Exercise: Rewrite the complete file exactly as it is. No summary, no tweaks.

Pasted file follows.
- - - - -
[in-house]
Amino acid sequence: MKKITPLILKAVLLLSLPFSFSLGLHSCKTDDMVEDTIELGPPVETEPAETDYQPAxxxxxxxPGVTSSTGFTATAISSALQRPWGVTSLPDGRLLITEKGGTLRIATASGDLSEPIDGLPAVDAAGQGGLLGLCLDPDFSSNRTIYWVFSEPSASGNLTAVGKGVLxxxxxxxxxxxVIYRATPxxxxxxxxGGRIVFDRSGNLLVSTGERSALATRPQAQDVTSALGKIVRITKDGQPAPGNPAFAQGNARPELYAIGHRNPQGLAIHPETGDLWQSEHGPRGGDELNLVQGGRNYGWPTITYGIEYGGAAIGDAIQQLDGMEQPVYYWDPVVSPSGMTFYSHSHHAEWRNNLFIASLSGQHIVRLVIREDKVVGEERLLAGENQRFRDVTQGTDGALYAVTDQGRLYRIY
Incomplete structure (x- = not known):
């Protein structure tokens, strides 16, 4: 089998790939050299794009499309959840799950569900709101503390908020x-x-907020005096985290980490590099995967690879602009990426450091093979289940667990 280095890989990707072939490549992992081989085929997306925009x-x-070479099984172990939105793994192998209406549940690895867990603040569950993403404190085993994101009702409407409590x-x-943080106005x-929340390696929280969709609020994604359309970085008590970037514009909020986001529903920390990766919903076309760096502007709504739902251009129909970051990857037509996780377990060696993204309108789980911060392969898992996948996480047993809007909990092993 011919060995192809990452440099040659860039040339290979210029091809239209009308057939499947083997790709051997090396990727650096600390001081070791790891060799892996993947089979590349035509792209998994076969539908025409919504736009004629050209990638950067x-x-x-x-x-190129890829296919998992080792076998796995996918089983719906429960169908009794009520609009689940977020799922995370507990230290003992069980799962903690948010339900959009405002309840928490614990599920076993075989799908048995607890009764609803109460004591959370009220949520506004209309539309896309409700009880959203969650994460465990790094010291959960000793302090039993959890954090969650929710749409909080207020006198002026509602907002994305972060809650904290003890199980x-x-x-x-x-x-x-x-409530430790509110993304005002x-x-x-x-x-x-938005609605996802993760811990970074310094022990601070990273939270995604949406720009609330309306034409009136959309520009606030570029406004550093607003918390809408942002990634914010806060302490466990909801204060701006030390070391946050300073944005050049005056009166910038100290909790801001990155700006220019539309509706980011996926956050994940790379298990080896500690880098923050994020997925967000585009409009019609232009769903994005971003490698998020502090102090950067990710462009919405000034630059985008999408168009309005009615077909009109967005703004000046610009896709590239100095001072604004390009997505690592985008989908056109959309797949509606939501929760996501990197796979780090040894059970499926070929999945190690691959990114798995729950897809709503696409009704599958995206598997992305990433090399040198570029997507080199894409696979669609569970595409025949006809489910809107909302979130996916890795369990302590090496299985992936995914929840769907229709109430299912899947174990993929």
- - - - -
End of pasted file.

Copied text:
[in-house]
Amino acid sequence: MKKITPLILKAVLLLSLPFSFSLGLHSCKTDDMVEDTIELGPPVETEPAETDYQPAxxxxxxxPGVTSSTGFTATAISSALQRPWGVTSLPDGRLLITEKGGTLRIATASGDLSEPIDGLPAVDAAGQGGLLGLCLDPDFSSNRTIYWVFSEPSASGNLTAVGKGVLxxxxxxxxxxxVIYRATPxxxxxxxxGGRIVFDRSGNLLVSTGERSALATRPQAQDVTSALGKIVRITKDGQPAPGNPAFAQGNARPELYAIGHRNPQGLAIHPETGDLWQSEHGPRGGDELNLVQGGRNYGWPTITYGIEYGGAAIGDAIQQLDGMEQPVYYWDPVVSPSGMTFYSHSHHAEWRNNLFIASLSGQHIVRLVIREDKVVGEERLLAGENQRFRDVTQGTDGALYAVTDQGRLYRIY
Incomplete structure (x- = not known):
């Protein structure tokens, strides 16, 4: 089998790939050299794009499309959840799950569900709101503390908020x-x-907020005096985290980490590099995967690879602009990426450091093979289940667990 280095890989990707072939490549992992081989085929997306925009x-x-070479099984172990939105793994192998209406549940690895867990603040569950993403404190085993994101009702409407409590x-x-943080106005x-929340390696929280969709609020994604359309970085008590970037514009909020986001529903920390990766919903076309760096502007709504739902251009129909970051990857037509996780377990060696993204309108789980911060392969898992996948996480047993809007909990092993 011919060995192809990452440099040659860039040339290979210029091809239209009308057939499947083997790709051997090396990727650096600390001081070791790891060799892996993947089979590349035509792209998994076969539908025409919504736009004629050209990638950067x-x-x-x-x-190129890829296919998992080792076998796995996918089983719906429960169908009794009520609009689940977020799922995370507990230290003992069980799962903690948010339900959009405002309840928490614990599920076993075989799908048995607890009764609803109460004591959370009220949520506004209309539309896309409700009880959203969650994460465990790094010291959960000793302090039993959890954090969650929710749409909080207020006198002026509602907002994305972060809650904290003890199980x-x-x-x-x-x-x-x-409530430790509110993304005002x-x-x-x-x-x-938005609605996802993760811990970074310094022990601070990273939270995604949406720009609330309306034409009136959309520009606030570029406004550093607003918390809408942002990634914010806060302490466990909801204060701006030390070391946050300073944005050049005056009166910038100290909790801001990155700006220019539309509706980011996926956050994940790379298990080896500690880098923050994020997925967000585009409009019609232009769903994005971003490698998020502090102090950067990710462009919405000034630059985008999408168009309005009615077909009109967005703004000046610009896709590239100095001072604004390009997505690592985008989908056109959309797949509606939501929760996501990197796979780090040894059970499926070929999945190690691959990114798995729950897809709503696409009704599958995206598997992305990433090399040198570029997507080199894409696979669609569970595409025949006809489910809107909302979130996916890795369990302590090496299985992936995914929840769907229709109430299912899947174990993929």